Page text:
Norwell coach Mike McBride is always reticent when it comes to talking up his son – freshman Luke. But following Saturday’s sectional-clinching 46-43 victory over Mississinewa, Mike had to. Luke’s […]
Norwell coach Mike McBride is always reticent when it comes to talking up his son – freshman Luke.
But following Saturday’s sectional-clinching 46-43 victory over Mississinewa, Mike had to.
Luke’s 14 points were not just a game high, but he also showed the grit, tenacity and court prowess rarely seen in a freshman.
“I don’t usually talk about Luke,” Coach McBride said. “But he pretty much carried us a lot of that second half.”
The best part for Coach McBride? His son wasn’t the only one. With star senior Will Geiger battling foul trouble in the first half and finishing the game with just nine points, it was other Knights who stepped up big to help capture the program’s first sectional crown since 2014.
“To get nine points from Will Geiger and say we were going to win a sectional championship, I would have probably said you were crazy,” Coach Mike McBride said. “We had some young kids that stepped up – some freshman who played incredible. We had different guys that needed to rise up and they were able to do that.”
Luke McBride wasn’t alone in making a difference. Senior Conner Torson’s two free throws with 93 seconds left put Norwell up by six. Freshman Lleyton Bailey had a three-pointer and two assists that were massive.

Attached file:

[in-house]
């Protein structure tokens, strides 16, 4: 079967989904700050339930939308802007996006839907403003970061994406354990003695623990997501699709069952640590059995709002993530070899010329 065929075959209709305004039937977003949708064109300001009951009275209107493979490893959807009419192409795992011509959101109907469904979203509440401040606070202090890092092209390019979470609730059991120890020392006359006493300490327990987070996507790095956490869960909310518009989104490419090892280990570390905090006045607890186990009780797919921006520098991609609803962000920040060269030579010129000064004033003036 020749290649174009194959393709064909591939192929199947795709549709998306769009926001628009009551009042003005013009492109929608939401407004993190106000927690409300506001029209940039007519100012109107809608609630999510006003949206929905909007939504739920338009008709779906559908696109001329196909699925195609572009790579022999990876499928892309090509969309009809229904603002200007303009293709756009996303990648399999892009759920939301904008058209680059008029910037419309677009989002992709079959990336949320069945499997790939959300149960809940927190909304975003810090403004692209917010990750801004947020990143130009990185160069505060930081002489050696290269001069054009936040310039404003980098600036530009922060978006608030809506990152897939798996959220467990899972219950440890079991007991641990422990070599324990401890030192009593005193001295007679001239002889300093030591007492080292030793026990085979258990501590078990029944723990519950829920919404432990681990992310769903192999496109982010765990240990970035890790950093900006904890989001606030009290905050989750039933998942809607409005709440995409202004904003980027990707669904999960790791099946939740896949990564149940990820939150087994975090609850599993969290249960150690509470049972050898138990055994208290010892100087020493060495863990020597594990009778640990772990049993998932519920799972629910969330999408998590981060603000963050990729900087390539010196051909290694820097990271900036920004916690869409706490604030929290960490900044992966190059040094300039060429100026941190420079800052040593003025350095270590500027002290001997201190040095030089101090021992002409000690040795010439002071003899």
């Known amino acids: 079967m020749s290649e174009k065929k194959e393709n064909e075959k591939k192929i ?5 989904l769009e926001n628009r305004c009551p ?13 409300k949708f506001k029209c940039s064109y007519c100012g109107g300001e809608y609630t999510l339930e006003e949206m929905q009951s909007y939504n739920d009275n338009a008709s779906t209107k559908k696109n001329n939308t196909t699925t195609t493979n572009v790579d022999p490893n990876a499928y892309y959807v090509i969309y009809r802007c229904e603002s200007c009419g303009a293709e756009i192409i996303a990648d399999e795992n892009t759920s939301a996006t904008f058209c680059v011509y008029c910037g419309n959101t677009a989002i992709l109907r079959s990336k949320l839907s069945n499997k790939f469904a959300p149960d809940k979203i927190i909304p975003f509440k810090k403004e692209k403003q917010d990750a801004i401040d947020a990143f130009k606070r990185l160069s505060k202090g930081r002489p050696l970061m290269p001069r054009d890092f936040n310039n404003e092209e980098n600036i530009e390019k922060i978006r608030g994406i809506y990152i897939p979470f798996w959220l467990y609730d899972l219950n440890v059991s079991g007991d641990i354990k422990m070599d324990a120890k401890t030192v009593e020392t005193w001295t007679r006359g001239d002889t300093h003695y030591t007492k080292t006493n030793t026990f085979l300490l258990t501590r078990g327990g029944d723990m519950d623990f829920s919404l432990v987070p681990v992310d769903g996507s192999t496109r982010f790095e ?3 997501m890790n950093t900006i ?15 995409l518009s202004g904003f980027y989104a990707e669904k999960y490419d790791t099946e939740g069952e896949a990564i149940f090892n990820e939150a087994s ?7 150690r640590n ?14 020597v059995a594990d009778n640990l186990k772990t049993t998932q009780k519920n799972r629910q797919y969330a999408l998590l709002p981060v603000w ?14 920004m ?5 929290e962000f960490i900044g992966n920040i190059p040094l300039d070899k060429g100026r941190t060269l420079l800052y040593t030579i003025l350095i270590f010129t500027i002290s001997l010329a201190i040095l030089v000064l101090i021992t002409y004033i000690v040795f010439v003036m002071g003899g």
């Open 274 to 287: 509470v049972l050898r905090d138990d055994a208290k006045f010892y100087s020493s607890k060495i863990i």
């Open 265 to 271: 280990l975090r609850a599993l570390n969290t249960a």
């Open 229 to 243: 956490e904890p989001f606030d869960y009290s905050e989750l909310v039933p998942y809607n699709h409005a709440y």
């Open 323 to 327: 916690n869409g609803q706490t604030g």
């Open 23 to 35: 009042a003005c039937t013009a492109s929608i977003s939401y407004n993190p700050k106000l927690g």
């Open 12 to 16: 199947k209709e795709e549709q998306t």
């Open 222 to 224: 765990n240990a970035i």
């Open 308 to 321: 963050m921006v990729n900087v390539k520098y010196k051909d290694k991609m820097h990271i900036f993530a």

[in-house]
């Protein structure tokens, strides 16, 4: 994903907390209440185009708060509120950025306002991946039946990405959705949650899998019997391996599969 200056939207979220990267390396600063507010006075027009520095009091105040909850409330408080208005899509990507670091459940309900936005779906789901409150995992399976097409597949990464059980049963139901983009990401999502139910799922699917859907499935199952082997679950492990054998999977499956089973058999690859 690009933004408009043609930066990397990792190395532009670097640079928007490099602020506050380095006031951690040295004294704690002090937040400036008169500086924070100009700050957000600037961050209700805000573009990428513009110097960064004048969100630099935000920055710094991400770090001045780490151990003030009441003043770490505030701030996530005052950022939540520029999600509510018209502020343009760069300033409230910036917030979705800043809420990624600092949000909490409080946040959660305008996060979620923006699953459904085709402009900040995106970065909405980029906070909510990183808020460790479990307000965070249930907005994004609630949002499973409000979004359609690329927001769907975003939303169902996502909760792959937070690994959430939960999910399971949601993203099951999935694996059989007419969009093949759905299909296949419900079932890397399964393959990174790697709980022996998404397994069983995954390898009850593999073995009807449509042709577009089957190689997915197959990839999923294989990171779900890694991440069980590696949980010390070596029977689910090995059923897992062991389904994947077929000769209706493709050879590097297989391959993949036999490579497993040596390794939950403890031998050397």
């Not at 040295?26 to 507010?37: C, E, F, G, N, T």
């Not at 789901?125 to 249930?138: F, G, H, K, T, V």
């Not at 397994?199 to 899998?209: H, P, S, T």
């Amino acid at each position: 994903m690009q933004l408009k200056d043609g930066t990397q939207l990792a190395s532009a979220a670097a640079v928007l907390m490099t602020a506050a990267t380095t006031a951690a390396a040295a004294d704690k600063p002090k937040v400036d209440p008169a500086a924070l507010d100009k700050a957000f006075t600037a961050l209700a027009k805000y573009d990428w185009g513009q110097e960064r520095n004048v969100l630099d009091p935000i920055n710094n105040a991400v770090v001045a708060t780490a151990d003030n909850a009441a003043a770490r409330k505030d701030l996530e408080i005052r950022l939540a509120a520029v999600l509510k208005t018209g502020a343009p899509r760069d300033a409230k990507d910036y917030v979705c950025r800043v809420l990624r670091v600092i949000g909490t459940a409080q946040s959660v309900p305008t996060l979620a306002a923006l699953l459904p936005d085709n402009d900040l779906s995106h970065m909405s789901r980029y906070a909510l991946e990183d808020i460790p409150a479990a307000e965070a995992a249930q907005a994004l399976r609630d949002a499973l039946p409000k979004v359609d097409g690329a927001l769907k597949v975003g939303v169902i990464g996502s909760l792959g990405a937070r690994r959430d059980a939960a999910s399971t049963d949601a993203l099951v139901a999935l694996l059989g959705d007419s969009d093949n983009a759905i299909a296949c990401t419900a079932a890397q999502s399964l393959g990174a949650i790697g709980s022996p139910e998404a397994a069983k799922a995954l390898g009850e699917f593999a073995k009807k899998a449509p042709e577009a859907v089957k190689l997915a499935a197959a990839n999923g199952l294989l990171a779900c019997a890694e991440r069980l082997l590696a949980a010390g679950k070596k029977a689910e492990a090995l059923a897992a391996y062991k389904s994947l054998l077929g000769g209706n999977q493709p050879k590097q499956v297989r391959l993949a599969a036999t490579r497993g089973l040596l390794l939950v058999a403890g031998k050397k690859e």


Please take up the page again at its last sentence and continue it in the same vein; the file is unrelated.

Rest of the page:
And then there was Eli Riley. The junior used to throwing to wide receivers laying out for catches on the football field came up big with his hand in the clutch.
With Mississinewa (19-5) down three in the closing seconds, Norwell had a foul to give as it battled confusion on the defensive end. Luke McBride’s smart decision to foul the Indians got a whistle. Once the Knights were able to set up their defense before the ball was put in play, Coach McBride felt like his team was in a good spot.
Riley and the Knights knew that the Indians would try to spring junior Landen Swanner on the perimeter with a good look. Riley closed out quickly and blocked the shot attempt, clinching Norwell’s three-point win.
“We knew they didn’t have a timeout, so we worked on these types of things and situations,” Mike McBride said. “We just wanted everyone tight. We told Eli not to foul. They didn’t have a lot of options with time running out and Eli got a piece of it.”
Misssissinewa’s quickness could have given Norwell (22-2) trouble. In fact, it did at times as the Indians pushed the dribble drive in an effort to get points around the hoop. But the Knights’ regular-season schedule against the likes of Mishawaka Marian, South Side and others, teams that play a similar style, prepped Norwell for what it needed to do to beat a team desperate for its first sectional championship in 66 years.
“Mississinewa was quick and athletic and if we were not playing some of the teams we do, we maybe wouldn’t be able to handle that,” Coach Mike McBride said.
Geiger was visibly emotional in post-game, battling tears as he shared hugs in his final game on Norwell’s court. For him, watching his teammates deliver when he couldn’t (Geiger spent the entirety of the second quarter on the bench) was just as fulfilling as if he had dropped 40 points.
“My teammates covered my butt last time we played Mississinewa (on Dec. 3),” Geiger said. “I am super proud of them and super thankful for them too.”